So you know in theory I agree with what the OWS crowd stands for: a smaller and less-involved government, revoking government officials ability to profit from their own legislation, and sweeping reformation of the banking system.
I don't agree with their Sixties-style sleeping, living and defecating on public property methods, but if these are in fact their stance on the issues, I do agree with them.
Here's a tidbit I learned today. OWS is fighting over money. I know, ironic, huh?
The protesters who stand for the little people and against big business and big profits found themselves on the receiving end of $700,000. As of this week they've winnowed that boon down to $170,000 left in their coffers. And, that's causing quite a stir in the camps.
How did this happen?
In an article in the Wall Street Journal, Steven Ahmadi, a protester who has been on the scene since the beginning says, "With such an influx of donations, we've begun to rely on economic capital."
He diagnosed the group's problem as the "nonprofit industrial complex." Which he defines as the "trap that the mission becomes more about sustaining the organization than its message."
I think many of us could have seen this coming. They have become that which they protest against.
We have to be very careful about this, especially as the "class warfare" fight heats up this year. It's not only the love of money that is evil, but also the protecting of money. When people stake their claim on a piece of the pie, the fight becomes about sustaining their very own piece and no longer about the core issues.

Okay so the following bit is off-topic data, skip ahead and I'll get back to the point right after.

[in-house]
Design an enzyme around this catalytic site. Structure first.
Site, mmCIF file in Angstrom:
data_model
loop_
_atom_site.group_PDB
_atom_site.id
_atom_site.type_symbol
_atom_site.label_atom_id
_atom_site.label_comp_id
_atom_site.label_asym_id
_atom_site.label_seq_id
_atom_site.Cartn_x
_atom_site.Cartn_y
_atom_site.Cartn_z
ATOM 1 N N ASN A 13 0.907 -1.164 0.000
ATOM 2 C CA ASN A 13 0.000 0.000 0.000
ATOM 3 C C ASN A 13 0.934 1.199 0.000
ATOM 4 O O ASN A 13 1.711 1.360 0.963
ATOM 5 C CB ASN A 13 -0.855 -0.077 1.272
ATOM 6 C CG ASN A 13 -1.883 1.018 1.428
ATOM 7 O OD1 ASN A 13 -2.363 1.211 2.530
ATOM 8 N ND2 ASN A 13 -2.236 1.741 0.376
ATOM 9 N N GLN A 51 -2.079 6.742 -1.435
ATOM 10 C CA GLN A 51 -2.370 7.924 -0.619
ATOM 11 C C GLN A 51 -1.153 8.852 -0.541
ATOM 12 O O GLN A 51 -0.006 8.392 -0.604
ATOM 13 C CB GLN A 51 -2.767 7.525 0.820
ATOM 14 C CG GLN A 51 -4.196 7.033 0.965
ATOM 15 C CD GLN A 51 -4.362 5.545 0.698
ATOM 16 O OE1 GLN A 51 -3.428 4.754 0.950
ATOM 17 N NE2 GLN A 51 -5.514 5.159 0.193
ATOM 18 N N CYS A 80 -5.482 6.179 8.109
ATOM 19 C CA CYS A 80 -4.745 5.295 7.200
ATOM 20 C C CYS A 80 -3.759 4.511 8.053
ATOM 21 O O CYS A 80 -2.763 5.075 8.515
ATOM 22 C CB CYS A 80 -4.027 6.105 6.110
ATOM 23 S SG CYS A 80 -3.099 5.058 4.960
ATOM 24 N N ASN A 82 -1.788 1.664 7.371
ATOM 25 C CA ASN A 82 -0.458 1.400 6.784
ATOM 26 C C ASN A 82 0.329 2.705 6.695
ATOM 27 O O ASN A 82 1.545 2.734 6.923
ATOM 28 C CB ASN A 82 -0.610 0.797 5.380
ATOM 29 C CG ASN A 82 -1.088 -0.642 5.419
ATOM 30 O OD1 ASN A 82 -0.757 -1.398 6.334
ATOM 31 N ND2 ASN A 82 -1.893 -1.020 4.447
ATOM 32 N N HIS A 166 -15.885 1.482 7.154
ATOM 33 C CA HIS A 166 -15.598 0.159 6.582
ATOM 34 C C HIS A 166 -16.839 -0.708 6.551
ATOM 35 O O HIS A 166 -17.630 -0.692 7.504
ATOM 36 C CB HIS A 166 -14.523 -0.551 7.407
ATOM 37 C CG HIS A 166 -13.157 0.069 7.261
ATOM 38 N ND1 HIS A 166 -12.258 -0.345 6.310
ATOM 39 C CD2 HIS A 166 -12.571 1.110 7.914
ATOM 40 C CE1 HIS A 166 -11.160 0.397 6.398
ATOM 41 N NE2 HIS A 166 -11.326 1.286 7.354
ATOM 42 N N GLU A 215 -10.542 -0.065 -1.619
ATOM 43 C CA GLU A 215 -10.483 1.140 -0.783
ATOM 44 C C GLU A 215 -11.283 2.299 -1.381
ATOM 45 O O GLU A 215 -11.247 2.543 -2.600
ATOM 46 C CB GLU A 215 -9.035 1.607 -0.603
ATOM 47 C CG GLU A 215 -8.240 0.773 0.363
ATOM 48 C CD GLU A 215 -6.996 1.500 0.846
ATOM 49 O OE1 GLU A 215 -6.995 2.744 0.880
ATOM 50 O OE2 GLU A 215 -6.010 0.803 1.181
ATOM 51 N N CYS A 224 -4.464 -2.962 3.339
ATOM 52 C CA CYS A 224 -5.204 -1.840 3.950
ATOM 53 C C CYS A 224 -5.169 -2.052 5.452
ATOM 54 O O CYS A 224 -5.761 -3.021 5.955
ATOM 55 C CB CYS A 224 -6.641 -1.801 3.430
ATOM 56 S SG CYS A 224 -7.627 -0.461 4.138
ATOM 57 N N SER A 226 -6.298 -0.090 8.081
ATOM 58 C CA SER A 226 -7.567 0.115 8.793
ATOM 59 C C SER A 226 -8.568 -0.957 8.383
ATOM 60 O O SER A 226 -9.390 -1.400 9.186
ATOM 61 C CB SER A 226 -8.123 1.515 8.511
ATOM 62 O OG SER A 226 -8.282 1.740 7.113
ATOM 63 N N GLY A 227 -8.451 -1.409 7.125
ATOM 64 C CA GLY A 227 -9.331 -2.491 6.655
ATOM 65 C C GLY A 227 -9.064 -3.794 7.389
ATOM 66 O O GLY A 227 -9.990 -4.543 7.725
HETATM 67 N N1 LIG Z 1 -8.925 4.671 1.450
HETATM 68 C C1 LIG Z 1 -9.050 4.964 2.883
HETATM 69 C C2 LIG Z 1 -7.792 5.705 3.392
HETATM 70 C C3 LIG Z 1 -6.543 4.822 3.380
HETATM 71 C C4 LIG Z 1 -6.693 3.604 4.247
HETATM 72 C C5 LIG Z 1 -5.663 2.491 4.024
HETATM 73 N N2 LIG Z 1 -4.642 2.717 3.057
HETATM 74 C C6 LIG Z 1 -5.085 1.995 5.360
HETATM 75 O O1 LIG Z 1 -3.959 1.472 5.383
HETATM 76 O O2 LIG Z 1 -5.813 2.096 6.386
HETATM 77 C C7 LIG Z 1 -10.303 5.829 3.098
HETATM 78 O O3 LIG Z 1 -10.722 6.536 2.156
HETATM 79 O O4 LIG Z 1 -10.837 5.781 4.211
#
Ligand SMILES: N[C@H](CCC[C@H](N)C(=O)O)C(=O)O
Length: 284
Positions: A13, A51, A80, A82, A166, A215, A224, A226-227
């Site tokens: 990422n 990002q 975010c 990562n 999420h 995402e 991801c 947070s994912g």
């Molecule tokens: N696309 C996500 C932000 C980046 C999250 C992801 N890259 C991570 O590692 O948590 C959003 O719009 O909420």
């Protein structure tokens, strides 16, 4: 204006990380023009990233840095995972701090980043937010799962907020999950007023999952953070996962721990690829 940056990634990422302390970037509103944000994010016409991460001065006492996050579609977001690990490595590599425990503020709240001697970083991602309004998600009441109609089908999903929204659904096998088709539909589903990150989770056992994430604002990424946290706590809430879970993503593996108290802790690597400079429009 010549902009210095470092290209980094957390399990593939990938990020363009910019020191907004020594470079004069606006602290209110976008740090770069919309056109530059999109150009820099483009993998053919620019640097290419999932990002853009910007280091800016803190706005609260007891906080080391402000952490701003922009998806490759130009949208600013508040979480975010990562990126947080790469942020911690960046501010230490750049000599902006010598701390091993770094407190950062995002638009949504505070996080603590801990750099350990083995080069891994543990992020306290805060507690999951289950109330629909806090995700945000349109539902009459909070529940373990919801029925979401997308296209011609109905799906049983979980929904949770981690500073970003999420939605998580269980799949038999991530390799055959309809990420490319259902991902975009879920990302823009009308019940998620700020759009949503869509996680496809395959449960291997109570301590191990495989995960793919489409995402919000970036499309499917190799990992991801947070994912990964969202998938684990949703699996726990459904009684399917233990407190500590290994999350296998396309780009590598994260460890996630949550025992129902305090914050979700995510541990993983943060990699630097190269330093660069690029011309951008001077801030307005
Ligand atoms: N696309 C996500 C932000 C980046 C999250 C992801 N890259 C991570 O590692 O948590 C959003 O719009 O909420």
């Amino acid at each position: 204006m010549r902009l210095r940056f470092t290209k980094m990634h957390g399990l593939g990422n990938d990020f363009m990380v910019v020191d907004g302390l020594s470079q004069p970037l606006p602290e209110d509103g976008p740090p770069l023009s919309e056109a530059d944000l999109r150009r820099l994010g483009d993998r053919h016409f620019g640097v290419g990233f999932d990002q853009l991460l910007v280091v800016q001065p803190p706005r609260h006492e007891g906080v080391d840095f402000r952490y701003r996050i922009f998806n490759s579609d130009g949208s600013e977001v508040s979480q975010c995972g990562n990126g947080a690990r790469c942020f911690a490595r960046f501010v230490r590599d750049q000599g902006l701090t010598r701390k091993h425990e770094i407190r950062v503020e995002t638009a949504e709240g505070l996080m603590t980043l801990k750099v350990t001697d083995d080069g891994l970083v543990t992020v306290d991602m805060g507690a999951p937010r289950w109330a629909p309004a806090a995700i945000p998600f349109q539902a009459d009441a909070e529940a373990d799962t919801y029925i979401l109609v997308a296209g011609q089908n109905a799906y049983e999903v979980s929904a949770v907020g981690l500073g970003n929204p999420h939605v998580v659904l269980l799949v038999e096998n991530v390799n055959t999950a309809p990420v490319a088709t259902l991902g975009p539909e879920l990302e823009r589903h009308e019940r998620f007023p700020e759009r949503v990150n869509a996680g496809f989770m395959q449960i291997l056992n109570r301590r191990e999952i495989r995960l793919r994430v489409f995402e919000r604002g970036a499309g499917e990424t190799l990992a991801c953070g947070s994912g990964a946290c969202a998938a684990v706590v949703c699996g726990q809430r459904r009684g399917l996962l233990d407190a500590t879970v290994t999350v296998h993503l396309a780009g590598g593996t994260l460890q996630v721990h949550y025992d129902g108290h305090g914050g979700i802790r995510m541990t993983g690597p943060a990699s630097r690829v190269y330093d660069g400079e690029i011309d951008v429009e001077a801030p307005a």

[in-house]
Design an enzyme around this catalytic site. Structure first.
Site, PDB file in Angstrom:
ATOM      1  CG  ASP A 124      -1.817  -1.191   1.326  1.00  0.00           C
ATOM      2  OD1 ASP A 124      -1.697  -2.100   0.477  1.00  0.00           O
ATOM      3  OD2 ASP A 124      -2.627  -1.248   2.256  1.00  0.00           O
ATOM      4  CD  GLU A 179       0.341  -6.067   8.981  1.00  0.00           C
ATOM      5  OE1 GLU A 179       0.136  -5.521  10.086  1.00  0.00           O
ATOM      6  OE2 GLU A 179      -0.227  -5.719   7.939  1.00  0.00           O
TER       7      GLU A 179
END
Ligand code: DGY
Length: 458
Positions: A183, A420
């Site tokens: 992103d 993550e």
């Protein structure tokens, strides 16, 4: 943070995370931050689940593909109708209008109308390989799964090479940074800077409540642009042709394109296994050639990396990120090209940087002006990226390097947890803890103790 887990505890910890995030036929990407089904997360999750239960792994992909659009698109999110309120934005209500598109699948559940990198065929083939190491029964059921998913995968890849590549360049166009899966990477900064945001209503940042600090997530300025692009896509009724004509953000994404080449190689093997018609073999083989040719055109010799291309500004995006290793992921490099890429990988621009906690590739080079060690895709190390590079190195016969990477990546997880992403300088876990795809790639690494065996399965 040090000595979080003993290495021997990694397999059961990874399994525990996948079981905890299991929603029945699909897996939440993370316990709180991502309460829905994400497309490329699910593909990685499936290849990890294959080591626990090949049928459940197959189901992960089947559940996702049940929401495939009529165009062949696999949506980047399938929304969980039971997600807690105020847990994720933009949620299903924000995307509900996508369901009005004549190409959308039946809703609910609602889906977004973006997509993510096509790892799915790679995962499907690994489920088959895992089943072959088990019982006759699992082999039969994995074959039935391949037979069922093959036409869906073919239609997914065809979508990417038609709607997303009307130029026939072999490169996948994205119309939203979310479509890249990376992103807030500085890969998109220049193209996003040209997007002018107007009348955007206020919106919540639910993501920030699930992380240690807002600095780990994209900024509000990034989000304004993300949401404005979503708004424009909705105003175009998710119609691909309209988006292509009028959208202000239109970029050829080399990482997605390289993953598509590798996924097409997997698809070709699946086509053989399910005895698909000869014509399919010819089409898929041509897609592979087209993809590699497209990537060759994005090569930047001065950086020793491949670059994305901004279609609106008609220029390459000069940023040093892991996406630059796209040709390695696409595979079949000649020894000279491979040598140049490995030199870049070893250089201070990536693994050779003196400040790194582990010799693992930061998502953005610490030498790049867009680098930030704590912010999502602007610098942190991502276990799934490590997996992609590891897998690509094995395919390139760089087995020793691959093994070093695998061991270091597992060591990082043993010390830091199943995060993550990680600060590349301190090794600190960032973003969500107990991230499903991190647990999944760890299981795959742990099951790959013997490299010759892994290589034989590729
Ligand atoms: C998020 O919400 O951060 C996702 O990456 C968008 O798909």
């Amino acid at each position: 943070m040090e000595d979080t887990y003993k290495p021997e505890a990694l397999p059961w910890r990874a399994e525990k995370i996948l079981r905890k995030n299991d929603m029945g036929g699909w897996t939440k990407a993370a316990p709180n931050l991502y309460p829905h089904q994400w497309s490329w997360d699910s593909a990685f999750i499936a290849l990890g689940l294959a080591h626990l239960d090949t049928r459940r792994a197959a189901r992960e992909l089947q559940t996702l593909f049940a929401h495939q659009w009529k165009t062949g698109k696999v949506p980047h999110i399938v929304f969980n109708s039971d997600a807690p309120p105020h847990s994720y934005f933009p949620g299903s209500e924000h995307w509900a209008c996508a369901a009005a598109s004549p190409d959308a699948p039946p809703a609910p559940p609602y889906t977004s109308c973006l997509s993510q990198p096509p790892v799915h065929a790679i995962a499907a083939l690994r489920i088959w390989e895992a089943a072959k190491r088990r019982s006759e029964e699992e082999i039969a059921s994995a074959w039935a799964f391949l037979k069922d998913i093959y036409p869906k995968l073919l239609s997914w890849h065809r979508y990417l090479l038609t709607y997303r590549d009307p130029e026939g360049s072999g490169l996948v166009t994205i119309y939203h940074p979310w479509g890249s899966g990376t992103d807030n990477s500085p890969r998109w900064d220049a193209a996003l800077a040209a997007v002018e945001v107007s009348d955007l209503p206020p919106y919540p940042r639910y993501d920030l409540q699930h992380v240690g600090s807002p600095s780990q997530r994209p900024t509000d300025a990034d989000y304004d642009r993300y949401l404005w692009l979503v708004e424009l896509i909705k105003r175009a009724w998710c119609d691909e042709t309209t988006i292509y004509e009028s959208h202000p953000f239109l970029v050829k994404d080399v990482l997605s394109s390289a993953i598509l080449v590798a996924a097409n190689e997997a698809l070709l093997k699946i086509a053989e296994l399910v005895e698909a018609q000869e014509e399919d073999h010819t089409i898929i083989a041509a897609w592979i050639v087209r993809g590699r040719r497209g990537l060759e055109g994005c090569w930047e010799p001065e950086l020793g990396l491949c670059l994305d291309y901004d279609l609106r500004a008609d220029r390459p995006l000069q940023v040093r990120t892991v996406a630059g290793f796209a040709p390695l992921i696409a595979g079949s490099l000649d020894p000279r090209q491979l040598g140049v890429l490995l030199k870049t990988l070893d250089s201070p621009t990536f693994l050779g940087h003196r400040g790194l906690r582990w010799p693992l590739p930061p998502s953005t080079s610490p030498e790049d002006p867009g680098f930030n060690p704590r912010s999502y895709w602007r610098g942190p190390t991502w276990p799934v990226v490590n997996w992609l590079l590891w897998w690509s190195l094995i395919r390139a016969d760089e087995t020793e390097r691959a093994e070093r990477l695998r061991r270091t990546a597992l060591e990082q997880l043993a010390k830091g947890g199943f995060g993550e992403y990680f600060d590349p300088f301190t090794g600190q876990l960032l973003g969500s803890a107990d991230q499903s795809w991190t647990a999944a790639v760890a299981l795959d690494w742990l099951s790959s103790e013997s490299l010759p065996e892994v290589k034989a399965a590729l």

I think the OWS crowd is finding out that it's not so easy when they're the stewards of capital. There's something inherent about money that makes us act in ways that divert us from our core causes and beliefs. You see this happen time and again in churches, organizations, governments, families, etc. When the focus goes from our endeavors to paying for our endeavors, money can hypnotize, it can entrance, it can seductively woo. We leave friendships, partnerships, ideals, morals and even God at the door when we enter the bank vault. We commit crimes we normally wouldn't when money is concerned.
The OWS crowd is fighting now over how the funds have been spent, and how they will continue to be spent. Not that they've left much to work with. These days 170K isn't much for any company or organization. So much for the camps' "nic at nite" booths where you can roll your own tobacco for free.
The ugly truth, I believe, is that evil doesn't use money to thwart us, evil IS money.
I know the Biblical passage: the LOVE of money is the root of all evil. Well, I'm not so sure those hippies in the Sixties didn't get it right when they said, "Money is the root of all evil."
Money can solve problems, surely, but I've seen more done on a shoestring budget with human sweat equity than I've seen done with a large donor check. Usually the large check is the start of an organization's problems. How to spend it, when to spend it, who gets a say in the spending, who gets a cut of it...blah, blah, blah. You see where this goes?
Money seems to me to be a stumbling block not a pathway to goodness. If it can make the idealistic OWS crowd leave their core issues and bicker over their bank balance, then this looks to be a microcosm of everyone's dealings with money. From personal finances to big business to federal government, the spending of money is an instigator for fighting.
In this year 2012, we'll be hearing more and more about "class warfare." They don't call it "class bickering" or "class tiffing" for a reason. It's decidedly "class WARFARE." Money makes war and war makes money. But it is money that trips us up like a wedding reception's open bar to alcoholic Aunt Edna. There will blatant video footage.
Money. Fighting. People. I don't have a nice, neat answer or perfect wrap up for all this either. I'm just thinking out loud....